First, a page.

Stormwater Pollution

Stormwater is run off from rain that falls on roofs, roads, and open spaces. As urban stormwater runoff flows through street drains and pipes to creeks, rivers, estuaries and the ocean, it collects and carries many types of pollutants. Stormwater runoff from urban environments typically contains litter, bacteria, nutrients, chemicals, pesticides, metals, sediment, and vegetation. Sources include road surfaces, industrial and commercial premises, parks, gardens, degraded riparian areas, bush fires, boats, and households. Urban stormwater contaminated with sewage overflows and animal faeces is a significant source of bacterial and nutrient contamination of our local waterways after rain.

In rural and other less developed lands, pollutants and their sources are dispersed over areas which are large compared to the urban environment. Some sources are unique to rural settings, such as broadacre cropping, irrigation farming, grazing and intensive livestock industries. Land clearing (particularly historical clearing) and some agricultural techniques have increased the amount of sediment delivered to waterways.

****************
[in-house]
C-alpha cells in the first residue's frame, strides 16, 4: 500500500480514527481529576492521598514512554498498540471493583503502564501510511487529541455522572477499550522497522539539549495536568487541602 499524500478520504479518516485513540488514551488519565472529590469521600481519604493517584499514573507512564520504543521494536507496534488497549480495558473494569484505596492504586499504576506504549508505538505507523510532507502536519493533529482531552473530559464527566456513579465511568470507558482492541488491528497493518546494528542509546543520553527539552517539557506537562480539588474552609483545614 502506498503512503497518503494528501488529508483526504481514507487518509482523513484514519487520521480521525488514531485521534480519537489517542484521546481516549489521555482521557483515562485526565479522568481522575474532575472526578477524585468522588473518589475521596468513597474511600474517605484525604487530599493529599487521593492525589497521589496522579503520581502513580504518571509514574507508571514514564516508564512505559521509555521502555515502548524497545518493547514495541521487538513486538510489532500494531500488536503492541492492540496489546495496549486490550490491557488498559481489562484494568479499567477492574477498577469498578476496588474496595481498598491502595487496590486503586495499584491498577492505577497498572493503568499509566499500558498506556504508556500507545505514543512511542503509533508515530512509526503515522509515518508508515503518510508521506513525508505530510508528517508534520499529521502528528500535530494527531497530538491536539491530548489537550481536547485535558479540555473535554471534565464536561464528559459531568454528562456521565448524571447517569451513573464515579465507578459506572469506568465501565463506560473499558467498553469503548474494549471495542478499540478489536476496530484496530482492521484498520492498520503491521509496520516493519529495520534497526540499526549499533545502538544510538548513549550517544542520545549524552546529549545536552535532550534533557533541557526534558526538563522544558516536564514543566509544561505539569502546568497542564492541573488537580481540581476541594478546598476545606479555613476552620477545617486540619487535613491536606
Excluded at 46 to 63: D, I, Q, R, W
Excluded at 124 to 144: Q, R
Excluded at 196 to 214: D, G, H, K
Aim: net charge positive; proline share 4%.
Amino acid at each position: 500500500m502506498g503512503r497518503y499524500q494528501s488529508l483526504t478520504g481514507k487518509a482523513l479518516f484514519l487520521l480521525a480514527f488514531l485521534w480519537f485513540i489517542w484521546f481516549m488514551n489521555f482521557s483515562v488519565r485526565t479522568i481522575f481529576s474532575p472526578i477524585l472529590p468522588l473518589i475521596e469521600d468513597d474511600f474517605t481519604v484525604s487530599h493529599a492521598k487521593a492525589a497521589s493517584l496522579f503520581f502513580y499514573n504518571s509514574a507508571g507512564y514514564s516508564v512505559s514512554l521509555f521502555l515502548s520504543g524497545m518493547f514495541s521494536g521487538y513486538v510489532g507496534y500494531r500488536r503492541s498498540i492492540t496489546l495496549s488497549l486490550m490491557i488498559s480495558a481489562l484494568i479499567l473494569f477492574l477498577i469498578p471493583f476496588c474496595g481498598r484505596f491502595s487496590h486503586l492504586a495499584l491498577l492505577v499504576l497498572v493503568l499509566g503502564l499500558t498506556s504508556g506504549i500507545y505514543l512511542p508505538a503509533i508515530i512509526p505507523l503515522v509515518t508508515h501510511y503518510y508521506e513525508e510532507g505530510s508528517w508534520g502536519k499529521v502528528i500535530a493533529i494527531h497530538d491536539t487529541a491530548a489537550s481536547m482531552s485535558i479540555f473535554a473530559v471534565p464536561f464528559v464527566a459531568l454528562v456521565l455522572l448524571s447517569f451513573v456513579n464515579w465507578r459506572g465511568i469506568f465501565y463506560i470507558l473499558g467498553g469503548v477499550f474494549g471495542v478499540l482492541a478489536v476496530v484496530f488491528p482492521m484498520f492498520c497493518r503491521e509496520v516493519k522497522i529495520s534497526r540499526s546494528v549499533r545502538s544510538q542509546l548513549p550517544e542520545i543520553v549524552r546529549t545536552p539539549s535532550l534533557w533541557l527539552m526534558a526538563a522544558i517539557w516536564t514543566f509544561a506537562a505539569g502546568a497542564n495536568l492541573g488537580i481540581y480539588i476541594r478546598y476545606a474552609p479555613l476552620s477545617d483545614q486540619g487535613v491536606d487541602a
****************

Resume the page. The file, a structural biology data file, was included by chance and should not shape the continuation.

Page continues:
The five main types of stormwater pollutants are:

  • Litter such as cigarette butts, cans, food wrappers, plastic bags and drink bottles
  • Chemical pollution such as car wash detergent, excess garden fertilisers, paint, oil and grease
  • 'Natural' pollution such as leaves, lawn clippings and dog poo
  • Sediment pollution such as soil erosion and runoff from building sites and cleared bushland
  • Pathogens, such as viruses and bacteria from leaking septic tanks and sewerage overflow.

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